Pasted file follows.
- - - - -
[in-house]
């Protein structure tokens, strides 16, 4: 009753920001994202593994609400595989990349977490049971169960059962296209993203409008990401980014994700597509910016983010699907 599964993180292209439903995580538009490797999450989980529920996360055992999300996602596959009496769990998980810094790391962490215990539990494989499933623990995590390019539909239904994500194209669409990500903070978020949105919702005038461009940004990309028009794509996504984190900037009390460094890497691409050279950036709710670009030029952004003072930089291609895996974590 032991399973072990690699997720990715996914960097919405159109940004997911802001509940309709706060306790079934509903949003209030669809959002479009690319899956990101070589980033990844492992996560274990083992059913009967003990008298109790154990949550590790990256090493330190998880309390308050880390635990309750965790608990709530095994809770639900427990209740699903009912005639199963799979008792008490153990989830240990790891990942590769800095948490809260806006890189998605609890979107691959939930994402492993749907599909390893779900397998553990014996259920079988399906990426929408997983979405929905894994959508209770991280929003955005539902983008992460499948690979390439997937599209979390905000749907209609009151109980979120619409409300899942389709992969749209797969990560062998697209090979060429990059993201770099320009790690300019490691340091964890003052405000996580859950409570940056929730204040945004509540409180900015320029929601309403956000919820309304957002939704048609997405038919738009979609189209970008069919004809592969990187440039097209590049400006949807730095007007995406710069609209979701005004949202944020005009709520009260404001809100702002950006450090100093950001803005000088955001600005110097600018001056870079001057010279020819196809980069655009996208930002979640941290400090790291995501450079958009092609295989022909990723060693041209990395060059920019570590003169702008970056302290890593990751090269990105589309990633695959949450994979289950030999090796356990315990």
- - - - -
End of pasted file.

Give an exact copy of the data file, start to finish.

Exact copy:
[in-house]
């Protein structure tokens, strides 16, 4: 009753920001994202593994609400595989990349977490049971169960059962296209993203409008990401980014994700597509910016983010699907 599964993180292209439903995580538009490797999450989980529920996360055992999300996602596959009496769990998980810094790391962490215990539990494989499933623990995590390019539909239904994500194209669409990500903070978020949105919702005038461009940004990309028009794509996504984190900037009390460094890497691409050279950036709710670009030029952004003072930089291609895996974590 032991399973072990690699997720990715996914960097919405159109940004997911802001509940309709706060306790079934509903949003209030669809959002479009690319899956990101070589980033990844492992996560274990083992059913009967003990008298109790154990949550590790990256090493330190998880309390308050880390635990309750965790608990709530095994809770639900427990209740699903009912005639199963799979008792008490153990989830240990790891990942590769800095948490809260806006890189998605609890979107691959939930994402492993749907599909390893779900397998553990014996259920079988399906990426929408997983979405929905894994959508209770991280929003955005539902983008992460499948690979390439997937599209979390905000749907209609009151109980979120619409409300899942389709992969749209797969990560062998697209090979060429990059993201770099320009790690300019490691340091964890003052405000996580859950409570940056929730204040945004509540409180900015320029929601309403956000919820309304957002939704048609997405038919738009979609189209970008069919004809592969990187440039097209590049400006949807730095007007995406710069609209979701005004949202944020005009709520009260404001809100702002950006450090100093950001803005000088955001600005110097600018001056870079001057010279020819196809980069655009996208930002979640941290400090790291995501450079958009092609295989022909990723060693041209990395060059920019570590003169702008970056302290890593990751090269990105589309990633695959949450994979289950030999090796356990315990």